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NCJRS Abstract

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NCJ Number: 141855 Find in a Library
Journal: Journal of Prisoners on Prisons  Volume:4  Issue:2  Dated:(1993)  Pages:51- 94
Author(s): B Dunne
Date Published: 1993
Page Count: 44
Type: Historical Overview
Format: Article
Language: English
Country: United States of America
Annotation: Documents and circumstances in the years prior to lockdown imposed in the Federal prison in Marion, Illinois in 1983 reveal that the lockdown had been planned long before the imposition of the state of emergency on October 28, 1983.
Abstract: Thus, the lockdown was not a professional response to the killing of two correctional guards in the Control Unit in October 1983 or to some other emergency situation. Steps in the direction of turning all of Marion into a control unit were being taken as early as the 1979 accession to power of Warden Harold Miller. These included the beginning of the elimination of work for inmates and needlessly increased harassment and restriction, which prisoners resisted peacefully. The process continued with the artificial deterioration of conditions that started with the complete elimination of work and most educational and other opportunities for inmates and escalated into the imposition of an indefinite semi-lockdown. In the process, corrections officials sought to cut prisoners off from legal and community support. These conditions aggravated the pressures on prisoners. Corrections officials used selected facts, sensationalism, distortion, and disinformation to create an impression of incipient riot and takeover at Marion. A period of brutality and intimidation followed. The current situation is both qualitatively and quantitatively different from any previous conditions and represents both direct and indirect political repression. The Federal Bureau of Prisons continues to lie about the reality at Marion; this facility and the ones being modeled after it pose a danger not only to inmates but to the society in which they will be released. Notes and 45 references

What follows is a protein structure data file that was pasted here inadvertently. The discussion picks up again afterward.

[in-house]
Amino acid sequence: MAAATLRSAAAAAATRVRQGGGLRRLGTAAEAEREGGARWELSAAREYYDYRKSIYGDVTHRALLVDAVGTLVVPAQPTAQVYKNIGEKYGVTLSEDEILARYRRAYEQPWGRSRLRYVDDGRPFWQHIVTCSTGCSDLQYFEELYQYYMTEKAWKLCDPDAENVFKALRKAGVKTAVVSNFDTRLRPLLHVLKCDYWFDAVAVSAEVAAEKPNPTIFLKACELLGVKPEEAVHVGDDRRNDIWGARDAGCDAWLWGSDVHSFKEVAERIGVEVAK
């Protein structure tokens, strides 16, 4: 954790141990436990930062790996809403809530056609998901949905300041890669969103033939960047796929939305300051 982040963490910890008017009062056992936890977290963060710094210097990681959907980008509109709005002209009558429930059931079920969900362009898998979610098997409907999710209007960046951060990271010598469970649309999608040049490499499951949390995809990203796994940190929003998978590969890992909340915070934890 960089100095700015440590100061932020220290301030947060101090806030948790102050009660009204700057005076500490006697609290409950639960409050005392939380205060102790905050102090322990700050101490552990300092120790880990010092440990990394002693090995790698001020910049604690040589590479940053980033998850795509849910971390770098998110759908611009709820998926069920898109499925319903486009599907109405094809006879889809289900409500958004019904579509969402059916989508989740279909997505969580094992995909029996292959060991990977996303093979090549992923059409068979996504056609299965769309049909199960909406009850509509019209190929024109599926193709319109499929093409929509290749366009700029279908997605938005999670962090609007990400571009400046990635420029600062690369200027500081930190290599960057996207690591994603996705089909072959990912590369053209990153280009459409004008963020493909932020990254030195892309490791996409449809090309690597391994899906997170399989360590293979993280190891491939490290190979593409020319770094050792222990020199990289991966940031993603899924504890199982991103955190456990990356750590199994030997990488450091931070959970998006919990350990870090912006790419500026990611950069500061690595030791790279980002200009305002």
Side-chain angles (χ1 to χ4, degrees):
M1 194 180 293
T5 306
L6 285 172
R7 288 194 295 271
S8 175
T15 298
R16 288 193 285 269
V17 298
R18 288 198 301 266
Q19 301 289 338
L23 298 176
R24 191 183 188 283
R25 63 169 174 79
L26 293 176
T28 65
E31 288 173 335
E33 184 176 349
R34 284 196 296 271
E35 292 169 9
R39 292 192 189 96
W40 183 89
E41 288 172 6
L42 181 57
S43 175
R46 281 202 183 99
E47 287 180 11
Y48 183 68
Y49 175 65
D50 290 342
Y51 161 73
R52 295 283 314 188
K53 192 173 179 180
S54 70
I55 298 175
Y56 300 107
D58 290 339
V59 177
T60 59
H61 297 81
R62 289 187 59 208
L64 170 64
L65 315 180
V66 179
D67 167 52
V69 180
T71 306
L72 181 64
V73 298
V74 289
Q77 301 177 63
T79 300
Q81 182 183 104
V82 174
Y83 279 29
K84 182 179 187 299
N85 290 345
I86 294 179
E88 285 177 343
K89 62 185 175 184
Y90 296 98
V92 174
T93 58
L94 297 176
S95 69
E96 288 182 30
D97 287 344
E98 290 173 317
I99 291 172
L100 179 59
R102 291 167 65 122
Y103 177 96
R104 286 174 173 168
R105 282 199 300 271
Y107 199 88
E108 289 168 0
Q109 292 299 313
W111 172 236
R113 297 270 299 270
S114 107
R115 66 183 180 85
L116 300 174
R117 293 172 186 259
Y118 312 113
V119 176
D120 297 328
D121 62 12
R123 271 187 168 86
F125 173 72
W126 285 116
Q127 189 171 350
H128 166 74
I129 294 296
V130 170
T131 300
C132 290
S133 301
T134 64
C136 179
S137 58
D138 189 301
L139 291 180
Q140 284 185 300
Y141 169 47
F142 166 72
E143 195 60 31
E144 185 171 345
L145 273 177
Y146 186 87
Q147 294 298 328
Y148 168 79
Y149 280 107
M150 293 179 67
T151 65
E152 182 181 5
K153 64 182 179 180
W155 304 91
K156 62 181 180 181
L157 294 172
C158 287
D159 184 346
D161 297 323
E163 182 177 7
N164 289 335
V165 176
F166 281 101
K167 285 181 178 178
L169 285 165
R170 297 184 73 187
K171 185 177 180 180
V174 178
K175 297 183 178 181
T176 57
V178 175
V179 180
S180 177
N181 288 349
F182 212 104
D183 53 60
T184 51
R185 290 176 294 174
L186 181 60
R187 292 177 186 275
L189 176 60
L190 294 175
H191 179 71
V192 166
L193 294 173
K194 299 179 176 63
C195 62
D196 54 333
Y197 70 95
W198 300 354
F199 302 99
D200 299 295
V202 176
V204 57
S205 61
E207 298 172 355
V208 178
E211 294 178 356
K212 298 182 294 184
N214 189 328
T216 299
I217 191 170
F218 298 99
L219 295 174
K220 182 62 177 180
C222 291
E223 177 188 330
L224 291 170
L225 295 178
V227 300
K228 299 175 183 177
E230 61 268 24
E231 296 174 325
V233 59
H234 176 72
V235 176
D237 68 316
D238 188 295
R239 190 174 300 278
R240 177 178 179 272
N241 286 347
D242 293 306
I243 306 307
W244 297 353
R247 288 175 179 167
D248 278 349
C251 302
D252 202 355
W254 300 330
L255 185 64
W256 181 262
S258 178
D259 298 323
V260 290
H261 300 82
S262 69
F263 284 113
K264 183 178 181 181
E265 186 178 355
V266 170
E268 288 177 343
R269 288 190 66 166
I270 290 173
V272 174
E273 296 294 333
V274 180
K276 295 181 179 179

Main Term(s): Corrections management; Inmate discipline
Index Term(s): Illinois; Inmate segregation; Inmate staff relations; Prisoner's rights
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